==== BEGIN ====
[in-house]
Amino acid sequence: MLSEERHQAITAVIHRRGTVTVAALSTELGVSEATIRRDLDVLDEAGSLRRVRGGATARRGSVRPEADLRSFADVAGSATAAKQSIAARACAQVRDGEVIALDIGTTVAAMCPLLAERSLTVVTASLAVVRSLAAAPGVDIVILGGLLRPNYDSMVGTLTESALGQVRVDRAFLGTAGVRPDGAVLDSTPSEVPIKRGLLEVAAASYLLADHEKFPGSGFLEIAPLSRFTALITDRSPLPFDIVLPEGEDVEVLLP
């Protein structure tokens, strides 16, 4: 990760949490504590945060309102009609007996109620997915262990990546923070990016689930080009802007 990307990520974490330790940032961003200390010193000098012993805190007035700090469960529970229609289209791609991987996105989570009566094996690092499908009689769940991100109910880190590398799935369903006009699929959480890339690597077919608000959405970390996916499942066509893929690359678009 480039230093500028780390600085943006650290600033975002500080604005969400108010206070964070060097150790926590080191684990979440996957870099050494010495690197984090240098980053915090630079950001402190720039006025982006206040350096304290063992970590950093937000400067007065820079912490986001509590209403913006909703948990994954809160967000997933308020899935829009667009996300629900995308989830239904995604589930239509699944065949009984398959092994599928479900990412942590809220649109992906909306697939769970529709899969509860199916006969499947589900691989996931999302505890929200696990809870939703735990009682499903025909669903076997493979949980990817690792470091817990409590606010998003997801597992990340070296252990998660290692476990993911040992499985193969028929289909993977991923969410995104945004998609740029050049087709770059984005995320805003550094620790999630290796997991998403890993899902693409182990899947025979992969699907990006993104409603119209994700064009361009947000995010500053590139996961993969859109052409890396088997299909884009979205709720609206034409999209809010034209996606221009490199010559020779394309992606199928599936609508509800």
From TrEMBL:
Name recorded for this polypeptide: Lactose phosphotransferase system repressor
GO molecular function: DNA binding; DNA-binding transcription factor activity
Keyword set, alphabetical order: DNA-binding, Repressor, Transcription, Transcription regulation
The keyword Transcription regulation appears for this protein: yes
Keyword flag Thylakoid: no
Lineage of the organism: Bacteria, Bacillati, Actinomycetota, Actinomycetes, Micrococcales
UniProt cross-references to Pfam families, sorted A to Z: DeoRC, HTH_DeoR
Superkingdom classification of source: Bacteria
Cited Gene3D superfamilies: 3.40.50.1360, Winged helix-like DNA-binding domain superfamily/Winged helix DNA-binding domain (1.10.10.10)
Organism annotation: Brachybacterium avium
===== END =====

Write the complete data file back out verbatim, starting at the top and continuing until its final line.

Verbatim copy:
[in-house]
Amino acid sequence: MLSEERHQAITAVIHRRGTVTVAALSTELGVSEATIRRDLDVLDEAGSLRRVRGGATARRGSVRPEADLRSFADVAGSATAAKQSIAARACAQVRDGEVIALDIGTTVAAMCPLLAERSLTVVTASLAVVRSLAAAPGVDIVILGGLLRPNYDSMVGTLTESALGQVRVDRAFLGTAGVRPDGAVLDSTPSEVPIKRGLLEVAAASYLLADHEKFPGSGFLEIAPLSRFTALITDRSPLPFDIVLPEGEDVEVLLP
């Protein structure tokens, strides 16, 4: 990760949490504590945060309102009609007996109620997915262990990546923070990016689930080009802007 990307990520974490330790940032961003200390010193000098012993805190007035700090469960529970229609289209791609991987996105989570009566094996690092499908009689769940991100109910880190590398799935369903006009699929959480890339690597077919608000959405970390996916499942066509893929690359678009 480039230093500028780390600085943006650290600033975002500080604005969400108010206070964070060097150790926590080191684990979440996957870099050494010495690197984090240098980053915090630079950001402190720039006025982006206040350096304290063992970590950093937000400067007065820079912490986001509590209403913006909703948990994954809160967000997933308020899935829009667009996300629900995308989830239904995604589930239509699944065949009984398959092994599928479900990412942590809220649109992906909306697939769970529709899969509860199916006969499947589900691989996931999302505890929200696990809870939703735990009682499903025909669903076997493979949980990817690792470091817990409590606010998003997801597992990340070296252990998660290692476990993911040992499985193969028929289909993977991923969410995104945004998609740029050049087709770059984005995320805003550094620790999630290796997991998403890993899902693409182990899947025979992969699907990006993104409603119209994700064009361009947000995010500053590139996961993969859109052409890396088997299909884009979205709720609206034409999209809010034209996606221009490199010559020779394309992606199928599936609508509800």
From TrEMBL:
Name recorded for this polypeptide: Lactose phosphotransferase system repressor
GO molecular function: DNA binding; DNA-binding transcription factor activity
Keyword set, alphabetical order: DNA-binding, Repressor, Transcription, Transcription regulation
The keyword Transcription regulation appears for this protein: yes
Keyword flag Thylakoid: no
Lineage of the organism: Bacteria, Bacillati, Actinomycetota, Actinomycetes, Micrococcales
UniProt cross-references to Pfam families, sorted A to Z: DeoRC, HTH_DeoR
Superkingdom classification of source: Bacteria
Cited Gene3D superfamilies: 3.40.50.1360, Winged helix-like DNA-binding domain superfamily/Winged helix DNA-binding domain (1.10.10.10)
Organism annotation: Brachybacterium avium